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Why don't we swop jobs!

By R&H taxi columnist Sherbet Trotter

Posted October 29, 2015
Running a taxi's a business not a charity.

Running a taxi's a business not a charity.

I know that no one is forced into being a taxi driver, but someone has to do it and it can be the hardest thing to get out of.

Now, at some stage I think everybody needs a taxi and I am afraid you have to pay, and yes, it hurts.

Obviously, back in the old days, petrol was tuppence a gallon and diesel even cheaper.

Taxis could be repaired with a boiled egg (do not try this at home) for a leaking radiator, a broken fan belt was repaired with a pair of tights and if you were lucky enough to own a Citroen it could run on three wheels if you were unfortunate to get a puncture or a wheel fell off.

Now with the cost of fuel on a downward turn (it isn't going to stay that way!), there's maintenance – you have to plug a computer in to change a light bulb; insurance (the less said the better); and the badge, which you need a medical for, a criminal record check and, of course, the fee for the licensing authority to process it.

Plus it is has to be renewed.

And yes, in some areas you have to have a vehicle that can take a wheelchair.

Oh and, of course, some councils insist you complete an NVQ in cab driving.

Anyway, enough of my going on.

The following are two true stories, or should I say 'reactions from the public'?

"How much to go up the other end of town?"

The first was outside a club at 2.30 in the morning.

Up comes a geezer.

We will call him U-Bend.

"How much to go up the other end of town?"

He told me exactly the road.

"About £8.40 [$12.85]."

A giant pause follows...

"Fuckin' hell! Oi, mate, it's only up the road."

"Well, walk it then. It's only about half an hour, but make up your mind, mate. There're other people who want a cab."

In gets U-Bend, muttering to himself: "It's daylight robbery."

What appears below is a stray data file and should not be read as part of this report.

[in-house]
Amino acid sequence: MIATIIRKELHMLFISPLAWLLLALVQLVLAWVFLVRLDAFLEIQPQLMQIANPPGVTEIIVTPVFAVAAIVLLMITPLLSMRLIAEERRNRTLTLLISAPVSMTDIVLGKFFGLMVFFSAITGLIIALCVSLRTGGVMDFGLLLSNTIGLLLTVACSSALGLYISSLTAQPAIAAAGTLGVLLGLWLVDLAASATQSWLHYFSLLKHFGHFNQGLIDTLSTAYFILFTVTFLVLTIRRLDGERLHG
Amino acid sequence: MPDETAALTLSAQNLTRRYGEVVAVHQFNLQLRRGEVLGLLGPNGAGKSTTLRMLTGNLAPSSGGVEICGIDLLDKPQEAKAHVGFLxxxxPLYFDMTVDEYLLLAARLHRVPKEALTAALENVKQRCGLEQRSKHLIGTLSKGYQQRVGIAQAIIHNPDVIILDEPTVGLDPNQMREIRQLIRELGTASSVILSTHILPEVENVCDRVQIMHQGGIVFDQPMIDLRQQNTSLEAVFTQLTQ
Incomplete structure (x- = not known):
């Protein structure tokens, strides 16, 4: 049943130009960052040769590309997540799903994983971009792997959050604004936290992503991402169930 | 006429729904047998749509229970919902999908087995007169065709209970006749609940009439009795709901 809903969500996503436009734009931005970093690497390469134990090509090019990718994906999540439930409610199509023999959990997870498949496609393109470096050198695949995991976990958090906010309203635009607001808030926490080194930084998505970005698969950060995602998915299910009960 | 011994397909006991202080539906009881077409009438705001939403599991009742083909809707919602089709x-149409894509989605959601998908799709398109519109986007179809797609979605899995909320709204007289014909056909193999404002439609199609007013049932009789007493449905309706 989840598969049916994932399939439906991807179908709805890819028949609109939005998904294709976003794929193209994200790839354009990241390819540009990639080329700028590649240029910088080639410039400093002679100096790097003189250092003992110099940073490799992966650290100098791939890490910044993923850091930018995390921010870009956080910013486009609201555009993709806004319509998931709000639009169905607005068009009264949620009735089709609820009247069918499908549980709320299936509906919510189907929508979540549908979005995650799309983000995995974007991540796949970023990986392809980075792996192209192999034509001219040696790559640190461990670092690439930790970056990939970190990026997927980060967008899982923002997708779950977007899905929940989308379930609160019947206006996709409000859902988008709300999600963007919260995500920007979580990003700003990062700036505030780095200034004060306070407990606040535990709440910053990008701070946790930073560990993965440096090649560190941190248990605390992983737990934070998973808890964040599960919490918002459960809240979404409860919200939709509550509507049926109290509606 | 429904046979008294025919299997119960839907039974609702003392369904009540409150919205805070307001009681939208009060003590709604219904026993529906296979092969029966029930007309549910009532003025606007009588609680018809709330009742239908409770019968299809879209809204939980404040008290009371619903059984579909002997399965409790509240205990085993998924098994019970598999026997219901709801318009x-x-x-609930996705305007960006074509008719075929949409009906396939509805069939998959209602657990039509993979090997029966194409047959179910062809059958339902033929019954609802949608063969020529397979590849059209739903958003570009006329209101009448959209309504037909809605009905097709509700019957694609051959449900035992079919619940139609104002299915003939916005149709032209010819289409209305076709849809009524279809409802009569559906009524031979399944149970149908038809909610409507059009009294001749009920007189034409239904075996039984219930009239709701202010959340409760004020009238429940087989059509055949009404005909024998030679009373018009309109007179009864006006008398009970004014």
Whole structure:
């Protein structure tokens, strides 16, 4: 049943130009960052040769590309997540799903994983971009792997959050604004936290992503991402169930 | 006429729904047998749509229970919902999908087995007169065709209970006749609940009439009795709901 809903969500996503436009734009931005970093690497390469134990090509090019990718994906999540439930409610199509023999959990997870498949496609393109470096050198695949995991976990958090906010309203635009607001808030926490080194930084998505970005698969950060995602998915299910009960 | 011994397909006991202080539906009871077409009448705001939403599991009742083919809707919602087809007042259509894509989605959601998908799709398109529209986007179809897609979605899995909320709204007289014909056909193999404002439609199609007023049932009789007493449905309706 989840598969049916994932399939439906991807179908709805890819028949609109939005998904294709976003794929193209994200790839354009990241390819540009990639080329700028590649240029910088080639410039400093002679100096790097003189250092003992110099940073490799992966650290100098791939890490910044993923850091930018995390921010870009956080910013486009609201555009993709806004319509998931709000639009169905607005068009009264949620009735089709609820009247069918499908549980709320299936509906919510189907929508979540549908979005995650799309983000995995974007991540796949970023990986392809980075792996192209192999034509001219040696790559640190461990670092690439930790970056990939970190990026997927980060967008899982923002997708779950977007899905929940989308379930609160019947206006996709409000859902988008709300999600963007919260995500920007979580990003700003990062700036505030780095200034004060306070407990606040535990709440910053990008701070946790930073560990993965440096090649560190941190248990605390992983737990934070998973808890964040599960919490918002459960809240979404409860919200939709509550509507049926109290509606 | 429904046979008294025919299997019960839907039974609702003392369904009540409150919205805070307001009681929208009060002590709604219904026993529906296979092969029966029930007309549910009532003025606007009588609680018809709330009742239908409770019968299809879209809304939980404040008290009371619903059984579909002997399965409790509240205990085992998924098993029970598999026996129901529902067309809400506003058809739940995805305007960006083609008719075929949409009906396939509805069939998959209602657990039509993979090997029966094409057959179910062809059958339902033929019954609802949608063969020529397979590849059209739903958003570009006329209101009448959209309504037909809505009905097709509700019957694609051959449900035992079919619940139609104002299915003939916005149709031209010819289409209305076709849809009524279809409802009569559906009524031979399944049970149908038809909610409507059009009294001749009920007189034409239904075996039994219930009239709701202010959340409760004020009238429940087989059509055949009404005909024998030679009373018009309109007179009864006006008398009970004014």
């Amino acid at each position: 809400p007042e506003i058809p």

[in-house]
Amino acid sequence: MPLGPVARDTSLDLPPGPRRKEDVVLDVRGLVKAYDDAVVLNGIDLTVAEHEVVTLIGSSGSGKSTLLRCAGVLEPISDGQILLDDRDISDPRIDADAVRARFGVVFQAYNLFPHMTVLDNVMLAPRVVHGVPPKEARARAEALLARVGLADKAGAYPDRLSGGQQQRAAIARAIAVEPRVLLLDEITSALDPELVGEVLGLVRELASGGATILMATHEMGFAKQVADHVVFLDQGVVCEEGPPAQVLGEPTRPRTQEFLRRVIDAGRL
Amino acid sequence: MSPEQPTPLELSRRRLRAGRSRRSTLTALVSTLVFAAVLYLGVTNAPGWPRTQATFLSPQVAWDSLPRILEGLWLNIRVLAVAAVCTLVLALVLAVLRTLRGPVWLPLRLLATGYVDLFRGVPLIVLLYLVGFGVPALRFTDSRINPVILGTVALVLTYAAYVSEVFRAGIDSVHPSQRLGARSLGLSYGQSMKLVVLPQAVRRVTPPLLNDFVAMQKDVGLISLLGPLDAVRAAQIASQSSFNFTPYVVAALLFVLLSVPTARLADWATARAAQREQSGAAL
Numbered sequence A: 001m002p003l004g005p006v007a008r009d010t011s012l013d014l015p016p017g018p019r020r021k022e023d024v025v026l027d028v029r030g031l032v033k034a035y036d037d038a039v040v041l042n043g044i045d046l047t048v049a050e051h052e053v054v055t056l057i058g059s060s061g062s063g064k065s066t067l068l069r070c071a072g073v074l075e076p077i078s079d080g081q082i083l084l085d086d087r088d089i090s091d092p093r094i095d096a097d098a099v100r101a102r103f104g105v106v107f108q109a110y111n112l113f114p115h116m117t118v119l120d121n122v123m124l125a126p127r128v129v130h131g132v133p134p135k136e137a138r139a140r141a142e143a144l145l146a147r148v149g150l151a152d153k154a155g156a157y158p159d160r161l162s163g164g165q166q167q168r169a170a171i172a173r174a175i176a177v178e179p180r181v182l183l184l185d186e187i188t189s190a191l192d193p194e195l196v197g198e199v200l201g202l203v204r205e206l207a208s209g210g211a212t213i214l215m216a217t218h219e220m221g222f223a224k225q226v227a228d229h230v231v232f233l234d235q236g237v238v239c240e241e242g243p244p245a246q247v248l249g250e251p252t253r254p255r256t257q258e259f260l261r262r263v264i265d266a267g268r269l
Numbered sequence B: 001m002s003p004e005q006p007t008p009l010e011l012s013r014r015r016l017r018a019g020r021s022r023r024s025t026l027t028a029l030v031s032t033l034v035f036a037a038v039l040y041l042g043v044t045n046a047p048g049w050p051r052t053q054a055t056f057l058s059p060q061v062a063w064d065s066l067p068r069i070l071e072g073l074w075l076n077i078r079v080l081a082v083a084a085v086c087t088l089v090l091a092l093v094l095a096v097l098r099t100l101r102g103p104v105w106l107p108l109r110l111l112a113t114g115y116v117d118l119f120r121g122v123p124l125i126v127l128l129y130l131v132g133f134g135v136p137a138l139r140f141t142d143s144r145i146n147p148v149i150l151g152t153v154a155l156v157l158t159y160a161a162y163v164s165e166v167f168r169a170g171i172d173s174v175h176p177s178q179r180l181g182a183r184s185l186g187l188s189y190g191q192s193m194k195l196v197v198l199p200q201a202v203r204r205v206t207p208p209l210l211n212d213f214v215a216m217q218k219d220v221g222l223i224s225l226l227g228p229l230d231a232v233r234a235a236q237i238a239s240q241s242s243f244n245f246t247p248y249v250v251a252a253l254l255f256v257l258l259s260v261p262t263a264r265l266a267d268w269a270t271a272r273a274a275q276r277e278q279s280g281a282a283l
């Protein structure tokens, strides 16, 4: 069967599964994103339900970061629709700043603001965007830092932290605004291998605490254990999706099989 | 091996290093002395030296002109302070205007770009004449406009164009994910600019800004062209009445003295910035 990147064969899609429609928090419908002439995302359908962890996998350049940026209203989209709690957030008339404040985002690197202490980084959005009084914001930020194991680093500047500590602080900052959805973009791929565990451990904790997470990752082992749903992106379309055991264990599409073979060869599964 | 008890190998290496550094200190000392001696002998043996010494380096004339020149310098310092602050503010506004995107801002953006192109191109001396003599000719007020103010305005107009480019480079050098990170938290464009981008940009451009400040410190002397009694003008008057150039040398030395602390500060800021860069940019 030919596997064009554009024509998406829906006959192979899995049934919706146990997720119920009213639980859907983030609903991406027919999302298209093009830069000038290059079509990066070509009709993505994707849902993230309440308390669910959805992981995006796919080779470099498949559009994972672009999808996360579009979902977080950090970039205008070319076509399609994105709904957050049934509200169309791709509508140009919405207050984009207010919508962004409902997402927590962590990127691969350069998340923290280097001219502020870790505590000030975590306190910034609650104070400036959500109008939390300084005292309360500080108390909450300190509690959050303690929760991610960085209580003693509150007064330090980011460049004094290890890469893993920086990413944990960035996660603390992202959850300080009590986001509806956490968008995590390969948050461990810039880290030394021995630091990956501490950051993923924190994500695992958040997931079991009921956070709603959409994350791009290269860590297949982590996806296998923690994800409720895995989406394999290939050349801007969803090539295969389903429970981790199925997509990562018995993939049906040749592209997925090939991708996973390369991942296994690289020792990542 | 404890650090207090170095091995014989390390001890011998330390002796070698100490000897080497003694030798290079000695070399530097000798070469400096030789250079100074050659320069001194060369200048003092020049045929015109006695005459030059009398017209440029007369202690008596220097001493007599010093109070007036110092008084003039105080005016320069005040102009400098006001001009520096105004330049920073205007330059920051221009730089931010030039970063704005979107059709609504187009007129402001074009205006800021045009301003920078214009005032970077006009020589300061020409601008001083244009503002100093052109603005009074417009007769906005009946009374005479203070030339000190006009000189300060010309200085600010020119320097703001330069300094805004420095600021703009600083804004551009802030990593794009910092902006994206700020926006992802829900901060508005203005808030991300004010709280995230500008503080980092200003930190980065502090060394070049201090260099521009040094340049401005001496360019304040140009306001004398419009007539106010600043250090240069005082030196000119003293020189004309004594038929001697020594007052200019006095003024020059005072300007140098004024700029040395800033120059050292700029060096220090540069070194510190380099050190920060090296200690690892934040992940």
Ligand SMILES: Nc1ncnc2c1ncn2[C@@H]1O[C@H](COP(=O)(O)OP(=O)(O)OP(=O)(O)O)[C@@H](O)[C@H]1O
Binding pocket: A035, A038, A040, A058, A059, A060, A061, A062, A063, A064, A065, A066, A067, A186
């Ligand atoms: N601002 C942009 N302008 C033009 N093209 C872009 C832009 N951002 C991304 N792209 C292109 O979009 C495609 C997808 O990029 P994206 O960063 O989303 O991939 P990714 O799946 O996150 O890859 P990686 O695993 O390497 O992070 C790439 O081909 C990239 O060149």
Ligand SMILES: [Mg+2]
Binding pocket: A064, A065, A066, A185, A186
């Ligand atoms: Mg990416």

About seven minutes later we pull into his turning.

"Over there by the white van."

I look over in the headlights: a plumber's van.

"Is that your van, mate, the plumber's van?"


"Why didn't you tell me you were a plumber? Just give me a fiver."

"You said £8.40 [which happened to be on the meter]."

"I know, but I am going to take your number and when my boiler packs up in the middle of the night, I'll give you call. I only live up the road and you can come and sort my boiler out for a fiver."

U-Bend couldn't get his £8.40 out quick enough and would have beaten Usain Bolt in a sprint to get away from the cab.

"There has to be a minimum charge, even for us on zero hours."

Anyway, punter number two.

Again it's about two in the morning.

Up walks a DJ with his £100 tablet and his 9.99-a-month subscription to Spotify.

Now, I am not bitter but 35 years ago DJs were paying a pound for a 7" single, two pound for a 12" and about a fiver for an album.

You would end up spending at least £20 a week on records and you'd get about £10 a night if you were lucky.

In jumps DJ.

"Just up the road. I can't be bothered to walk."

I had been sitting on the rank for half an hour; within two minutes I was turning into his road.

Now, there has to be a minimum charge, even for us on zero hours.

The meter clicked over once to £4.80.

"You're having a laugh, mate! £4.80 for two minutes' work."

He gives me a fiver and waits for the 20p change.

"I know, mate. By the time I get my next job that will mean I've earned about £2 out of that £4.80 for an hour's work at two o'clock in the morning."

I wanted to have a drawn-out conversation but didn't want to miss out on my next £4.80.

Happy days.

Or should I say nights?

See also Jeeves and the M25, posted 21/9/15.

Sherbet Trotter
is a Newquay, Cornwall-based taxi driver who writes books, films and songs and who gave that Rake bloke a lift the other day. We liked the cut of his jib so we immediately gave him a column.

Top pic: Ignatius Rake.

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